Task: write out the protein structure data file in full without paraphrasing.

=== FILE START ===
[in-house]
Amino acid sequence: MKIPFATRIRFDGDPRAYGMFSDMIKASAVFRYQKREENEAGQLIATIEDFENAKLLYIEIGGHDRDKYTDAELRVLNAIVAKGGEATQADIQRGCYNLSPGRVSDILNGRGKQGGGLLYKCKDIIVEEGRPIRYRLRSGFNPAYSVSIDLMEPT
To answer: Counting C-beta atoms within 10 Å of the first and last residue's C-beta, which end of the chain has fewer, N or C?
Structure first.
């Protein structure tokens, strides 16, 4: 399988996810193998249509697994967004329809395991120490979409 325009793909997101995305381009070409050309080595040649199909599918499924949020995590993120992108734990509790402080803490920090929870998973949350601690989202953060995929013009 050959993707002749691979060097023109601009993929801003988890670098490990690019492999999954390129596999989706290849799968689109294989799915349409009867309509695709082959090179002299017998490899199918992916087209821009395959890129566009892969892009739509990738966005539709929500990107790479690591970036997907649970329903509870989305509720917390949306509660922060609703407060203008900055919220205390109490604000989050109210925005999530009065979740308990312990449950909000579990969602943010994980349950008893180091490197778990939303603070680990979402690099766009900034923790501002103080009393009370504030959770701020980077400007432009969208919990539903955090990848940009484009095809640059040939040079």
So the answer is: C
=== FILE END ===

[in-house]
Amino acid sequence: MKIPFATRIRFDGDPRAYGMFSDMIKASAVFRYQKREENEAGQLIATIEDFENAKLLYIEIGGHDRDKYTDAELRVLNAIVAKGGEATQADIQRGCYNLSPGRVSDILNGRGKQGGGLLYKCKDIIVEEGRPIRYRLRSGFNPAYSVSIDLMEPT
To answer: Counting C-beta atoms within 10 Å of the first and last residue's C-beta, which end of the chain has fewer, N or C?
Structure first.
């Protein structure tokens, strides 16, 4: 399988996810193998249509697994967004329809395991120490979409 325009793909997101995305381009070409050309080595040649199909599918499924949020995590993120992108734990509790402080803490920090929870998973949350601690989202953060995929013009 050959993707002749691979060097023109601009993929801003988890670098490990690019492999999954390129596999989706290849799968689109294989799915349409009867309509695709082959090179002299017998490899199918992916087209821009395959890129566009892969892009739509990738966005539709929500990107790479690591970036997907649970329903509870989305509720917390949306509660922060609703407060203008900055919220205390109490604000989050109210925005999530009065979740308990312990449950909000579990969602943010994980349950008893180091490197778990939303603070680990979402690099766009900034923790501002103080009393009370504030959770701020980077400007432009969208919990539903955090990848940009484009095809640059040939040079």
So the answer is: C